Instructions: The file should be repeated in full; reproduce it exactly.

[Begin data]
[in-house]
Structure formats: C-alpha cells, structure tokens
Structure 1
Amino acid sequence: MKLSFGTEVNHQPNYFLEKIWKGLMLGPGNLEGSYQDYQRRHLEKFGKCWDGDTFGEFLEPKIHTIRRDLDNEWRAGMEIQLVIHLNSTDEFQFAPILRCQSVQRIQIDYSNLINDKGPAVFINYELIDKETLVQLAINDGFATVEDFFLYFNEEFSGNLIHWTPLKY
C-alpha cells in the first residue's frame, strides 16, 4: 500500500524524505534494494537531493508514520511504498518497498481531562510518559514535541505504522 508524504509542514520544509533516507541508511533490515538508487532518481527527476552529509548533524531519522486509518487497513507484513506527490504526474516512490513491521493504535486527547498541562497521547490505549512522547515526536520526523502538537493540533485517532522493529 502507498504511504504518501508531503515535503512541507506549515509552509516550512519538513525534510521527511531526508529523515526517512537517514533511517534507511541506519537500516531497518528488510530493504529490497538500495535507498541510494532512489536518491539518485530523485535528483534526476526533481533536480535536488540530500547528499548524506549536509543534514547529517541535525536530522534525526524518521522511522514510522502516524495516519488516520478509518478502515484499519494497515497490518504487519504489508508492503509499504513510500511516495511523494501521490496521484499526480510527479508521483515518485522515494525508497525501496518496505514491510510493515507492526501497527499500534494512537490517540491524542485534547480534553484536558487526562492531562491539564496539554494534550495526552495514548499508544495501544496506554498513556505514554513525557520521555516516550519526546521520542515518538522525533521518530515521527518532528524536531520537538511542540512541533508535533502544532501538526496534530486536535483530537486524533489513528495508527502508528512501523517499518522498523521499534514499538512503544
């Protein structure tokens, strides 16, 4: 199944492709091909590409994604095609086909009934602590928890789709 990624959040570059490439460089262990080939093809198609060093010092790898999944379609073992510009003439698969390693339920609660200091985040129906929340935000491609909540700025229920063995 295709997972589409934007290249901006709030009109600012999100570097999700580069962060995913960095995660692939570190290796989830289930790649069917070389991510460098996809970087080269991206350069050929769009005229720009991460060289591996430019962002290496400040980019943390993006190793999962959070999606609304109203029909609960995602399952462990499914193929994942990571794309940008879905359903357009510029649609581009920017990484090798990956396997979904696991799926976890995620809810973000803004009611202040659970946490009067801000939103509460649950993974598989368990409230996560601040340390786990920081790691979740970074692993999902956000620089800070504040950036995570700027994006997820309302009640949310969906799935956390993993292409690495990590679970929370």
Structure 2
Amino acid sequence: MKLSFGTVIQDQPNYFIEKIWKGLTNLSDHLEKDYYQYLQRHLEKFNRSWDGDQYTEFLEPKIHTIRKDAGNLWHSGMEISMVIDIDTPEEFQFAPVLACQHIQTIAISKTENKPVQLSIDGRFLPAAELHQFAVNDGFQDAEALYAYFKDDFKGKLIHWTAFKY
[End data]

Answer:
[in-house]
Structure formats: C-alpha cells, structure tokens
Structure 1
Amino acid sequence: MKLSFGTEVNHQPNYFLEKIWKGLMLGPGNLEGSYQDYQRRHLEKFGKCWDGDTFGEFLEPKIHTIRRDLDNEWRAGMEIQLVIHLNSTDEFQFAPILRCQSVQRIQIDYSNLINDKGPAVFINYELIDKETLVQLAINDGFATVEDFFLYFNEEFSGNLIHWTPLKY
C-alpha cells in the first residue's frame, strides 16, 4: 500500500524524505534494494537531493508514520511504498518497498481531562510518559514535541505504522 508524504509542514520544509533516507541508511533490515538508487532518481527527476552529509548533524531519522486509518487497513507484513506527490504526474516512490513491521493504535486527547498541562497521547490505549512522547515526536520526523502538537493540533485517532522493529 502507498504511504504518501508531503515535503512541507506549515509552509516550512519538513525534510521527511531526508529523515526517512537517514533511517534507511541506519537500516531497518528488510530493504529490497538500495535507498541510494532512489536518491539518485530523485535528483534526476526533481533536480535536488540530500547528499548524506549536509543534514547529517541535525536530522534525526524518521522511522514510522502516524495516519488516520478509518478502515484499519494497515497490518504487519504489508508492503509499504513510500511516495511523494501521490496521484499526480510527479508521483515518485522515494525508497525501496518496505514491510510493515507492526501497527499500534494512537490517540491524542485534547480534553484536558487526562492531562491539564496539554494534550495526552495514548499508544495501544496506554498513556505514554513525557520521555516516550519526546521520542515518538522525533521518530515521527518532528524536531520537538511542540512541533508535533502544532501538526496534530486536535483530537486524533489513528495508527502508528512501523517499518522498523521499534514499538512503544
């Protein structure tokens, strides 16, 4: 199944492709091909590409994604095609086909009934602590928890789709 990624959040570059490439460089262990080939093809198609060093010092790898999944379609073992510009003439698969390693339920609660200091985040129906929340935000491609909540700025229920063995 295709997972589409934007290249901006709030009109600012999100570097999700580069962060995913960095995660692939570190290796989830289930790649069917070389991510460098996809970087080269991206350069050929769009005229720009991460060289591996430019962002290496400040980019943390993006190793999962959070999606609304109203029909609960995602399952462990499914193929994942990571794309940008879905359903357009510029649609581009920017990484090798990956396997979904696991799926976890995620809810973000803004009611202040659970946490009067801000939103509460649950993974598989368990409230996560601040340390786990920081790691979740970074692993999902956000620089800070504040950036995570700027994006997820309302009640949310969906799935956390993993292409690495990590679970929370």
Structure 2
Amino acid sequence: MKLSFGTVIQDQPNYFIEKIWKGLTNLSDHLEKDYYQYLQRHLEKFNRSWDGDQYTEFLEPKIHTIRKDAGNLWHSGMEISMVIDIDTPEEFQFAPVLACQHIQTIAISKTENKPVQLSIDGRFLPAAELHQFAVNDGFQDAEALYAYFKDDFKGKLIHWTAFKY